LAPS Foundation Recognizes Community Service, Technical Scholarship Winners And ‘Educators Of Distinction’

Executive Director
Los Alamos Public Schools Foundation

The Los Alamos Public Schools Foundation awarded eleven community service scholarships and two career technical scholarships for students in the Hilltopper Class of 2023.  Each student who received a scholarship wrote an essay about their Educator of Distinction –someone who has had a positive impact on the student during their time in the Los Alamos Public Schools. The Foundation held a reception at the high school in May for the students, their families and their educators of distinction.  

Congratulations to the following community service scholarship winners and their educators of distinction:  

Yunseo Kim, right, and her ‘Educator of Distinction’ Margo Batha. Photo by Jessica Booton

Yunseo Kim is the daughter of Hyunjoo Kang and Yongho Kim.  This fall Yunseo will attend Columbia University and major in political science and human rights.  Because of her extensive community service efforts during high school, Kim was selected as the most meritorious recipient among this already impressive group of students, and she was awarded with the Rynd Award. This award is made possible by a large bequest left to LAPS Foundation by Ed and Betty Rynd, a couple with a passion for community service and our schools. Kim selected Margo Batha, the Hilltalkers Speech and Debate coach, as her Educator of Distinction.  Yunseo wrote this about Batha: “She has been an incredible mentor and has helped me to develop my public speaking skills, confidence, and ability to think on my feet. . .Throughout the ups and downs of my high school journey, Mrs. Batha has also been there for me as a support system. . . Mrs. Batha has stood by me every step of the way, and I am deeply grateful to have her in my life. Mrs. Batha is an exceptional educator and a true inspiration. She has helped me chase my dreams and has encouraged me to strive for excellence in all that I do.” 

Mikaela Brown and her ‘Educator of Distinction’ Tacarra Lake. Photo by Jessica Booton

Mikaela Brown is the daughter of Annemarie and Don Brown. She will attend Utah State University and major in human development and family studies. Mikaela selected Tacarra Lake, her 11th grade English teacher, as Educator of Distinction. In her essay she wrote “Ms. Lake used books as tools to widen my perspective and explore other cultures. Through literature, she taught me to look beyond the surface to find the true meaning disguised in life. Her class was thought provoking and challenged me to think critically. . . Ms. Lake not only taught me English, but a lot about life. She has inspired me to examine the world beyond myself and expand my horizons. With her teachings in mind, I feel prepared for the future. I truly admire her work ethic and the devotion she has as an educator. I hope to someday make a difference in the world like Ms. Lake has made in mine.”

Madelyn Crotzer/Photo by Jessica Booton

Madelyn Crotzer is the daughter of Laura and Ronald Crotzer. She will attend New Mexico Tech this fall and major in chemical engineering.  Madelyn chose Whitney Pomeroy, her 10th grade English teacher, as Educator of Distinction. Crotzer wrote, “I took Ms. Pomeroy’s Honors English 10 class when school was completely remote. During a time when I felt school was unengaging and depressing, I looked forward to Ms. Pomeroy’s class. Somehow, Ms. Pomeroy made her class engaging and energizing by adapting lessons and projects to an online format that retained the quality of in-person learning and kept her students involved in the class. . . Her English class was a refuge of sanity during a chronically stressful time.”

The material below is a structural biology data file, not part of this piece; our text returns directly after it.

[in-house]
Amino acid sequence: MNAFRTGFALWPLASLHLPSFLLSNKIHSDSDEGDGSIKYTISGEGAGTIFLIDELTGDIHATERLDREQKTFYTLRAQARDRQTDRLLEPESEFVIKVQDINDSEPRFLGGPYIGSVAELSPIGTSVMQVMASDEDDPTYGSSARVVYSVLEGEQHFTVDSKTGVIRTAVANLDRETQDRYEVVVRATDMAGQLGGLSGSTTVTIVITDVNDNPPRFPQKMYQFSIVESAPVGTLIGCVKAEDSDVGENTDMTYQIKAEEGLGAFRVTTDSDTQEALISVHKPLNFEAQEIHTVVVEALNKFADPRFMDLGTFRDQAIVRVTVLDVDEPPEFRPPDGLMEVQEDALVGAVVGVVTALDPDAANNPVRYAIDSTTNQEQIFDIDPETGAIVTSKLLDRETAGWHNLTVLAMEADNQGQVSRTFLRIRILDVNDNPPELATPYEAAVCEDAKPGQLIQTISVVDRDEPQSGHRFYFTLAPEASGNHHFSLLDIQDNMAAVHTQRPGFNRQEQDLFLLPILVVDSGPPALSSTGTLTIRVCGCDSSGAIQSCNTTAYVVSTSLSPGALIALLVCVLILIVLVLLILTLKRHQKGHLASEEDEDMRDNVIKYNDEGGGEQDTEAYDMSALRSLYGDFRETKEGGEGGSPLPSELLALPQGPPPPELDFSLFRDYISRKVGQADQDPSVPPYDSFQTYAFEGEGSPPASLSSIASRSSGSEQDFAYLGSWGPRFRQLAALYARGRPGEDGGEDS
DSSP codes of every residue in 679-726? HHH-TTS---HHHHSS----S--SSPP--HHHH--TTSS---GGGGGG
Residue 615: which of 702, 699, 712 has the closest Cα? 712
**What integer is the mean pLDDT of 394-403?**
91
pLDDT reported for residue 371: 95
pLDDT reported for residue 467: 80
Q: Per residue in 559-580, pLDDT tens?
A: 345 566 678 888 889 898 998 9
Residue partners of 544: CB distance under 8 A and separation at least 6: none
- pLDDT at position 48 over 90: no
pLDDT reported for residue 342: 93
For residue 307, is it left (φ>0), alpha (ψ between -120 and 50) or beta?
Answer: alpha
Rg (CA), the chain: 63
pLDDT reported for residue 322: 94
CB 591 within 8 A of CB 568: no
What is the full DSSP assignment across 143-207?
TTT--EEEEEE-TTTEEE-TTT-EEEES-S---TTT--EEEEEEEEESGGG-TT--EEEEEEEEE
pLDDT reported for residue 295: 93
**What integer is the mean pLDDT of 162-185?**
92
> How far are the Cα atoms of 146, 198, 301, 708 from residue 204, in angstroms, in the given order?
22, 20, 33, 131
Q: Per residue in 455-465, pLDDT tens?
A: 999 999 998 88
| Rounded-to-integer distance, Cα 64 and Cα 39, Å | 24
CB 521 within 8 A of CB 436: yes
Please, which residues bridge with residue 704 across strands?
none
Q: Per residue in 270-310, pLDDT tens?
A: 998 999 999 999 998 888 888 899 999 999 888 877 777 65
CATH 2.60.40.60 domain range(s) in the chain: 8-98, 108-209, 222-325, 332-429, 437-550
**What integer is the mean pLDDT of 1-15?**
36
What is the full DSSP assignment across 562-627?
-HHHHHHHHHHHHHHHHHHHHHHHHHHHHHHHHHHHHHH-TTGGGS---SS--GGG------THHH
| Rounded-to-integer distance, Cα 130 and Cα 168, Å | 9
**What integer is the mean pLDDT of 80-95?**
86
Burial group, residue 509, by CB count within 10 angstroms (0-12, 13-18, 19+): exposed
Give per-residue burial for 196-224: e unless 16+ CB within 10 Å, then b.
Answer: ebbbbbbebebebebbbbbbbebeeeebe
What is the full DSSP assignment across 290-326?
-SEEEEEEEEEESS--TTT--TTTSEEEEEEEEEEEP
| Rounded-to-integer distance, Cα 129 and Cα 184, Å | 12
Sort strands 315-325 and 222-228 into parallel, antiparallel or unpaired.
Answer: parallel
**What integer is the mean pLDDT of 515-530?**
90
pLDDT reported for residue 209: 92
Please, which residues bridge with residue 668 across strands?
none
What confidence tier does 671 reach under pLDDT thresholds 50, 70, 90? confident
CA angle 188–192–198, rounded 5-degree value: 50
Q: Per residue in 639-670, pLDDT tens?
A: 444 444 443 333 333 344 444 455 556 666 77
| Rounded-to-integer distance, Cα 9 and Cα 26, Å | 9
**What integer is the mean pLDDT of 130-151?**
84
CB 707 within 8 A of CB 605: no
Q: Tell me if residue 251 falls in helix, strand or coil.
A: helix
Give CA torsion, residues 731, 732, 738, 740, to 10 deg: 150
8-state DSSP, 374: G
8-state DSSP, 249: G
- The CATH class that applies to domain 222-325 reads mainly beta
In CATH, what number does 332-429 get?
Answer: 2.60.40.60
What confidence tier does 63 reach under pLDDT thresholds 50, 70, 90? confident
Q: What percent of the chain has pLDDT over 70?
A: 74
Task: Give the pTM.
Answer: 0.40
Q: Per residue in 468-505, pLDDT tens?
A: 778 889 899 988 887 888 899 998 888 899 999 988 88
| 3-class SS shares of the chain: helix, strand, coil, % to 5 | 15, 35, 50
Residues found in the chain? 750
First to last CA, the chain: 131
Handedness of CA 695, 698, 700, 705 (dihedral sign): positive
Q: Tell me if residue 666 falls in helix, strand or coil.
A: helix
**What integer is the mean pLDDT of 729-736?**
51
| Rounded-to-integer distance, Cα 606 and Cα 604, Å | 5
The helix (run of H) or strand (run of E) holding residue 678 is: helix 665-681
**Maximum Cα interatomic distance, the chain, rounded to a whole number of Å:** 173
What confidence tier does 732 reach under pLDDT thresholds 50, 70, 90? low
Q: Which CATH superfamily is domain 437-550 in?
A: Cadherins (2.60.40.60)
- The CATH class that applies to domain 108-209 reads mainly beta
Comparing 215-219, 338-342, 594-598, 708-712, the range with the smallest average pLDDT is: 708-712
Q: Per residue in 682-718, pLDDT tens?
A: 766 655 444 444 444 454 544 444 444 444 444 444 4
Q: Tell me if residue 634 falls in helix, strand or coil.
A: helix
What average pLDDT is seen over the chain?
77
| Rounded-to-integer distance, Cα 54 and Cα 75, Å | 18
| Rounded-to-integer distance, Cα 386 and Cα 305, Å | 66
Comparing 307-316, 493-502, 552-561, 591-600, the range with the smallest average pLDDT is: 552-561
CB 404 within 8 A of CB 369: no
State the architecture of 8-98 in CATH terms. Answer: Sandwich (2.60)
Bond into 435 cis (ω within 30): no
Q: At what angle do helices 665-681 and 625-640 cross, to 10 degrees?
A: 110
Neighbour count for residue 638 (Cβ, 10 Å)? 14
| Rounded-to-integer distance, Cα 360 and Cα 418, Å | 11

Adeline Feng, right, and her Educator of Distinction Christine Englebrecht. Photo by Jessica Booton

Adeline Feng is the daughter of Cuilan Yuan and Shihai Feng. She plans to study psychology at the University of New Mexico. Adeline chose Christine Engelbrecht, her 10th grade English teacher as Educator of Distinction.  She wrote, “Ms. E. showed me the importance of being a good writer and how to be one. . . She forced us to have a growth mindset, and my writing got better because of that mindset. It wasn’t only my writing that improved, my entire life improved after she helped me switch to a growth mindset. I wasn’t afraid of getting criticism which meant I took advice on how to be a better leader. I was more willing to listen to how I could improve in my various activities. I generally became a better person and friend.”

Quinton Geller, left, and his Teacher of Distinction Louise Foliot. Photo by Jessica Booton

Quinton Geller is the son of Elizabeth Hong-Geller and Drew Geller.  He plans to study chemistry, materials science and engineering at University of Pennsylvania this fall.  Quinton chose Louise Foliot, the LAHS French teacher, as Educator of Distinction. He wrote in his essay, “While the math and science courses that I’ve previously tended to prioritize have taughtme the ways of the universe, Madame Foliot’s classes have taught me the way of the world. Bylearning how to assume different perspectives and discovering the vast interconnectedness ofhuman communities around the globe, I learned perhaps the most important lesson of my highschool career: my own place in society.”

Violet Henderson, right, and her Educator of Distinction Zeynep Unal. Photo by Jessica Booton

Violet Henderson is the daughter of Kristin Henderson and Bradley Henderson. She will attend Claremont McKenna College in the fall and will be majoring in economics and political science. Violet chose Zeynep Unal, her GATE teacher at Mountain, as Educator of Distinction. About Unal, Henderson wrote, “In her class, I learned how I personally best learn, focus, and think. I felt like my mind could explore wherever it wanted and I had the opportunity to feel completely fulfilled academically. Additionally, the realization that I was capable of excelling in any topic that I am interested in is a profound gift she gave me. I could tell that she cared about me; I improved not only in academics but as a whole person. She treated us like mature and free-thinking people. Ms. Unal has truly affected the course of my life.”

Isabella McTeigue, right, and her Educator of Distinction Eva Abeyta|